John Brownson (yes, the same one who comments here from time to time) has an interesting post up on his own blog about GPSes and their disadvantages.
I agree with where he wound up, although I disagree with some of the path that led him there–which may serve to reinforce his point–but the post did get me thinking about maps and the evolution of their electronic incarnations.
One of the nicest features of maps, as John points out, is that they show you things outside your direct vision: diversions, alternate paths, and random bits of information. You can use them to get from Point A to Point B as quickly as possible, but you can also use them to find something to do along the way, locate a more scenic route, or simply free-associate. Arguably, the highest development of the map in providing all of these functions is AAA’s Triptik*.
* For those unaware, AAA is the American Automobile Association, and the Triptik is a personalized book of maps created by AAA for a specific trip and member.
In the heyday of the Triptik, a AAA employee would select a set of area maps, highlight a recommended route on the maps (literally highlight the path with a pen!), and bind the maps into a convenient flip book (no folding necessary). The maps varied in scale, allowing both close views of the planned route and overviews of the area surrounding it. They gave turn-by-turn directions, including estimated travel times for each leg, and included flags to indicate the presence of scenic viewpoints and commercial attractions, hotels, restaurants, and rest stops. (The modern version of the Triptik is much the same, but now the user creates it online without the assistance of a AAA employee and prints it out at home–or views it in AAA’s app without printing it.)
It occurred to me that modern GPSes and the online equivalents such as Google Maps are increasingly coming to resemble a Triptik. Consider:
- GPSes and online maps show turn-by-turn directions and estimated travel times–for both the individual sections of the trip and overall
- GPS users can download POI (Point of Interest) data for an area they expect to be traveling through. Load a POI file and your GPS will show the data as you travel. Similarly, online and smartphone maps show POI information. On a recent drive through San Francisco, Google Maps alerted me to a nearby ice cream store–certainly a point of interest for me!
- Trip planning software, whether for a GPS or not, begins by showing an overview of the suggested route between Points A and B, allowing the user to see the surrounding area and adjust the route to take advantage of anything interesting that might be nearby. Spot something worth a look? Drag the route to include it, and all the directions are recalculated. Want to take a closer look at part of the route?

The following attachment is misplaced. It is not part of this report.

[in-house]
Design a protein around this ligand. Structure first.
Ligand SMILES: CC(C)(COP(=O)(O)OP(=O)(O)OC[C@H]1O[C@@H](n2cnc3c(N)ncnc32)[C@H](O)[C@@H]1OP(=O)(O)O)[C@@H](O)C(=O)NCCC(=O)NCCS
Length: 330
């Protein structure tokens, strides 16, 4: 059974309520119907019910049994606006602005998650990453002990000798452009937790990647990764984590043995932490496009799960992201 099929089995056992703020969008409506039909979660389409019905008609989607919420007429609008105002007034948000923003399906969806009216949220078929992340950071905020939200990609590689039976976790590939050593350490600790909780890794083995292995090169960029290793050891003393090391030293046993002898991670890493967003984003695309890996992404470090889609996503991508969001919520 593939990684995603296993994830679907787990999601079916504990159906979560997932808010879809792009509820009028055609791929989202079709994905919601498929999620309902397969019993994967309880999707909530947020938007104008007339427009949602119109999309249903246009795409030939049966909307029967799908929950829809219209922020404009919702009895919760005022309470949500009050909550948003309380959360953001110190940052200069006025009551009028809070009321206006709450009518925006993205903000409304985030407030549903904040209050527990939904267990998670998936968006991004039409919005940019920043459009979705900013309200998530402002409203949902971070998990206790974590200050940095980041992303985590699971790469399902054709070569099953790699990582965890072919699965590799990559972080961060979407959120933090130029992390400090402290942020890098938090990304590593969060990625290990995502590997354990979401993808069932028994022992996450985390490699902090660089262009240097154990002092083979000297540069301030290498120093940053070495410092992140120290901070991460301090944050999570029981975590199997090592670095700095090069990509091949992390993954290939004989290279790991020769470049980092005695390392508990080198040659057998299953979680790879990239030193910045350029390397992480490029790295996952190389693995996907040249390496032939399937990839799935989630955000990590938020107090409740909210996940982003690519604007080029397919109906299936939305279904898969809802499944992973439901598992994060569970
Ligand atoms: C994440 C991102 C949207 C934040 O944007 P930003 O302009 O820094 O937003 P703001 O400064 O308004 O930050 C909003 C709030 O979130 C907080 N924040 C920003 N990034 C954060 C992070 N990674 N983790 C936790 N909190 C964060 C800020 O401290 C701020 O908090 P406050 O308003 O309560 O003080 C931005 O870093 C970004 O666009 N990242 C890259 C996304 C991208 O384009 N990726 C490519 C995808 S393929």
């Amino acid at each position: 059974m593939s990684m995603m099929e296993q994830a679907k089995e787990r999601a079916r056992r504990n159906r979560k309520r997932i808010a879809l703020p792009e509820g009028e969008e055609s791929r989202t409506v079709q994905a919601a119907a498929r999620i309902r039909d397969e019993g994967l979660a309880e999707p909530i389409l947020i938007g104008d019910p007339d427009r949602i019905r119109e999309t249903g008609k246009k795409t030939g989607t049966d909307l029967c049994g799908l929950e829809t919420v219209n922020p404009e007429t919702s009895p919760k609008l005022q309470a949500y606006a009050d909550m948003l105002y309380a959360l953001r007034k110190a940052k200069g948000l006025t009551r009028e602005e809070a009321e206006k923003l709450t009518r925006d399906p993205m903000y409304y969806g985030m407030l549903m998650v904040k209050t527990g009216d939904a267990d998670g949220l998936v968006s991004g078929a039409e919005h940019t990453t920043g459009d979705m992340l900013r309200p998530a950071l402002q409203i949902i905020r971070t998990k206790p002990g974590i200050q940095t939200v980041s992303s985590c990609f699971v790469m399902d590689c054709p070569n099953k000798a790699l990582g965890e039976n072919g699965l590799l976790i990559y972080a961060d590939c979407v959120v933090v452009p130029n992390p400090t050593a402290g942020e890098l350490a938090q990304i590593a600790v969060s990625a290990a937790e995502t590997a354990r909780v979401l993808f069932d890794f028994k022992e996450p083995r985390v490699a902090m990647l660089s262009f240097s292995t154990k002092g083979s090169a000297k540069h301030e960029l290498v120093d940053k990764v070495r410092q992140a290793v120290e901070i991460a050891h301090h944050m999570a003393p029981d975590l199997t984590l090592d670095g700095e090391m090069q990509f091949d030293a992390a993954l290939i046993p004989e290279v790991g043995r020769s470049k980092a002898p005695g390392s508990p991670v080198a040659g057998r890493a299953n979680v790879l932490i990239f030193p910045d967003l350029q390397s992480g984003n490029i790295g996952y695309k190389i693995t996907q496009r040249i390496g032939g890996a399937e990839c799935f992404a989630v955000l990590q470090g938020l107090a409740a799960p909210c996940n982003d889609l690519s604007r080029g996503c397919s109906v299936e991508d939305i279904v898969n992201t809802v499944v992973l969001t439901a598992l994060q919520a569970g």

Turn to the detail mapclick to zoom in.
Even better, the modern incarnation of a Triptik can go beyond the capabilities of the paper version of yore:
- They aren’t limited to showing year-round events. AAA’s iPad app alerted me to the existence of an annual Chocolate and Chalk Art festival in Berkeley, something that almost certainly wouldn’t have shown up on a pre-printed Triptik map, and might or might not have made it into AAA’s accompanying tour book.
- They can be updated. A few days ago, I spotted an error in the directions I got from Google Maps: they directed me to get onto the freeway by making an illegal left turn. I sent in a correction, and less than a week later, Google Maps now correctly tells drivers to make a legal right turn half a block sooner. Try fixing millions of copies of a printed map that quickly.
- The user isn’t limited to the mapmaker’s limitations or prejudices in selecting points of interest. Many GPS makers allow users to create and share their own POI files (Garmin’s website, for example, has links to almost two dozen sites that provide collections of third-party POI data).
As I said, I like John’s destination: “Next time you are going someplace, dig up a map of the area- the city or state through which you intend to drive. Learn (or remember) how to find your destination on the map, and then look at the map to see how to get there.” Even if you wind up with exactly the same route your GPS would have suggested, you’re still keeping your skills sharp and reinforcing the power of man* over machine.
* Generically speaking.
Just don’t feel obligated to use a paper map for all of your planning and don’t assume that the paper experience will always be superior to the electronic.
And remember: paper maps won’t go away. Despite the best efforts of the gadget makers, there’s still a role for something you don’t have to charge, can toss in the glove compartment, and don’t need a cellular signal to use.